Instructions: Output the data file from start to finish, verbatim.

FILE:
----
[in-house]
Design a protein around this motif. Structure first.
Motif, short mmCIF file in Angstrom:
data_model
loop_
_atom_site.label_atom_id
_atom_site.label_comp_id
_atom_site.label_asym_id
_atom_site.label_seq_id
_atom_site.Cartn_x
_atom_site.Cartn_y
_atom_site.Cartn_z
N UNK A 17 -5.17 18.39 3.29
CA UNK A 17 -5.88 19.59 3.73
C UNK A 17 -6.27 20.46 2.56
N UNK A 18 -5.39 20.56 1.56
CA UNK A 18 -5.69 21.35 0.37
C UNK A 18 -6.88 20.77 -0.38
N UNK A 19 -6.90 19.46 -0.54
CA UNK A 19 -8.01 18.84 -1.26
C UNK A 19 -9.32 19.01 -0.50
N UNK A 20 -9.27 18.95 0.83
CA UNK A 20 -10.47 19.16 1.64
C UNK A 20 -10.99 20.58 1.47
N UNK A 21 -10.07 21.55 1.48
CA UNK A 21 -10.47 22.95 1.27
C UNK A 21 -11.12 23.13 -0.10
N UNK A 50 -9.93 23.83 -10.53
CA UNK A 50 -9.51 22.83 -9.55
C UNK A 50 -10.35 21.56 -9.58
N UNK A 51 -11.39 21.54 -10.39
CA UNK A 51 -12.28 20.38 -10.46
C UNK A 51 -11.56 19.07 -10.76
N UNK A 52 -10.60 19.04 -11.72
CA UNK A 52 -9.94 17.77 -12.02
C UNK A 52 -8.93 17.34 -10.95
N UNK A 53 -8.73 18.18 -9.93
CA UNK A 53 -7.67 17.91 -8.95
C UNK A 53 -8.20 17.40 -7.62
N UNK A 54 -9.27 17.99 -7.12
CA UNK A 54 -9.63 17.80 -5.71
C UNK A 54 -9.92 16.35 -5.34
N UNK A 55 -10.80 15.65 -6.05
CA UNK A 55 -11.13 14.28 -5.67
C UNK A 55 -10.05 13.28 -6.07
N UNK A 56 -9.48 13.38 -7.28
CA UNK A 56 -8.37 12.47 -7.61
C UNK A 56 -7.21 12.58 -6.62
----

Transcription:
[in-house]
Design a protein around this motif. Structure first.
Motif, short mmCIF file in Angstrom:
data_model
loop_
_atom_site.label_atom_id
_atom_site.label_comp_id
_atom_site.label_asym_id
_atom_site.label_seq_id
_atom_site.Cartn_x
_atom_site.Cartn_y
_atom_site.Cartn_z
N UNK A 17 -5.17 18.39 3.29
CA UNK A 17 -5.88 19.59 3.73
C UNK A 17 -6.27 20.46 2.56
N UNK A 18 -5.39 20.56 1.56
CA UNK A 18 -5.69 21.35 0.37
C UNK A 18 -6.88 20.77 -0.38
N UNK A 19 -6.90 19.46 -0.54
CA UNK A 19 -8.01 18.84 -1.26
C UNK A 19 -9.32 19.01 -0.50
N UNK A 20 -9.27 18.95 0.83
CA UNK A 20 -10.47 19.16 1.64
C UNK A 20 -10.99 20.58 1.47
N UNK A 21 -10.07 21.55 1.48
CA UNK A 21 -10.47 22.95 1.27
C UNK A 21 -11.12 23.13 -0.10
N UNK A 50 -9.93 23.83 -10.53
CA UNK A 50 -9.51 22.83 -9.55
C UNK A 50 -10.35 21.56 -9.58
N UNK A 51 -11.39 21.54 -10.39
CA UNK A 51 -12.28 20.38 -10.46
C UNK A 51 -11.56 19.07 -10.76
N UNK A 52 -10.60 19.04 -11.72
CA UNK A 52 -9.94 17.77 -12.02
C UNK A 52 -8.93 17.34 -10.95
N UNK A 53 -8.73 18.18 -9.93
CA UNK A 53 -7.67 17.91 -8.95
C UNK A 53 -8.20 17.40 -7.62
N UNK A 54 -9.27 17.99 -7.12
CA UNK A 54 -9.63 17.80 -5.71
C UNK A 54 -9.92 16.35 -5.34
N UNK A 55 -10.80 15.65 -6.05
CA UNK A 55 -11.13 14.28 -5.67
C UNK A 55 -10.05 13.28 -6.07
N UNK A 56 -9.48 13.38 -7.28
CA UNK A 56 -8.37 12.47 -7.61
C UNK A 56 -7.21 12.58 -6.62